This Lukwakongo mask, small in size, depicts an idealised Lega man with a 'beard' of bird feathers. In the forests of the Democratic Republic of the Congo art is created primarily for semi-secret associations of men and women, such as the Bwami society of the Lega peoples. The teachings of Bwami permeate all aspects of life, guiding the moral development of the individual and governing relations with others. Bwami doctrine is represented by wood and ivory masks, heads, and small figures, all of which play a vital role during initiation into the society's highest grades.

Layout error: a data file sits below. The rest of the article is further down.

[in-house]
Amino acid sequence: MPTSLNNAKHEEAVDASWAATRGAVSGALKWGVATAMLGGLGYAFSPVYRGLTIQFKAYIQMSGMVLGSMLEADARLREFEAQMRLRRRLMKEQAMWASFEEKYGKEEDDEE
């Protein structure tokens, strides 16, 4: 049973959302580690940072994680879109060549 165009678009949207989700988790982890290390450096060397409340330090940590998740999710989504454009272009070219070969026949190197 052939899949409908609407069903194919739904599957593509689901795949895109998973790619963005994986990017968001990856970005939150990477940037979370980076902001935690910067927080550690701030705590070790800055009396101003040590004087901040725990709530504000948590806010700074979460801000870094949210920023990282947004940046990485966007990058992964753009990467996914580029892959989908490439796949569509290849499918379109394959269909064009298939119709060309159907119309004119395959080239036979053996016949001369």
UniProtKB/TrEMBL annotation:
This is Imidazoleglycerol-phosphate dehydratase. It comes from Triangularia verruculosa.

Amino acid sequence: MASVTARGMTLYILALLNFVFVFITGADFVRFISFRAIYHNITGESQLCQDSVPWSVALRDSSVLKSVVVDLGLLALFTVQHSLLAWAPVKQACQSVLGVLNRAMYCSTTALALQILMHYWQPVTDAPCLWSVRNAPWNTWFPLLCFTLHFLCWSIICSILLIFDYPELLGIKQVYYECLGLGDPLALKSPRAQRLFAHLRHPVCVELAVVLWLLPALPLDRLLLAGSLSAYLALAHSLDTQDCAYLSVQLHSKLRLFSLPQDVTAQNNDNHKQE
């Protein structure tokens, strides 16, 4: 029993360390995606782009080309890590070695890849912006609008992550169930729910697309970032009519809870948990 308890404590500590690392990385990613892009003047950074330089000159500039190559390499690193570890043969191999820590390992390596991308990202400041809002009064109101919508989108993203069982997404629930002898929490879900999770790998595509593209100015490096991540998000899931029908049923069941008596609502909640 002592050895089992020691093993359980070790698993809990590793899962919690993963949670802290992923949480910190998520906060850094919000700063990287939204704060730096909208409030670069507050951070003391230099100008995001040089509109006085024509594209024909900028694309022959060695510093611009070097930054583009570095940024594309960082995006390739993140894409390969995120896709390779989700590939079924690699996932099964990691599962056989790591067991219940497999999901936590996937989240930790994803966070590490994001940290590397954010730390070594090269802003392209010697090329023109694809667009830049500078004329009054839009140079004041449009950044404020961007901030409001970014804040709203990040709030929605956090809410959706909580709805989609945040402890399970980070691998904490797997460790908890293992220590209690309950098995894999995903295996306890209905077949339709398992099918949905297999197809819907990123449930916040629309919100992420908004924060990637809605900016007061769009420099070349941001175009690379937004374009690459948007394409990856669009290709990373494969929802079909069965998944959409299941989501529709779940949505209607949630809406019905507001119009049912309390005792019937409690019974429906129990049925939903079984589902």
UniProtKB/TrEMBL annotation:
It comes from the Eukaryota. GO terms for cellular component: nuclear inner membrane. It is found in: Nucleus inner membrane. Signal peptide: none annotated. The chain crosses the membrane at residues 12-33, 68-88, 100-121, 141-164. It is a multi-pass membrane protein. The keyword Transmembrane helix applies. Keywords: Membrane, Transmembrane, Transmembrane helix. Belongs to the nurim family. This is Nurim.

Lega masks are all Bwami initiation objects and are divided up into five sub-types according to material, size, and form, of which the lukwakongo is one. The lukwakongo mask is the most important sign of rank until the owner moves to Kindi, and the wooden mask is then traded for an ivory one. The man's wife would keep his lukwakongo mask in in a "bwami basket" hidden in the house.
In Bwami ceremonies, masks would be attached to different parts of the bodies, hung on fences, piled in stacks, displayed, dragged on the ground and occasionally worn on the forehead with the raffia beard draping over the face of the wearer.
Ex Private Collection, Spain
Fashor and Eagor, 'Lukwakongo Mask', https://www.artworkarchive.com/profile/fashor-and-eagar/artwork/lukwakongo-mask-fashor-and-eagar
Art Institute of Chicago, 'Face Mask (Idimu)' https://www.artic.edu/artworks/120322/face-mask-idimu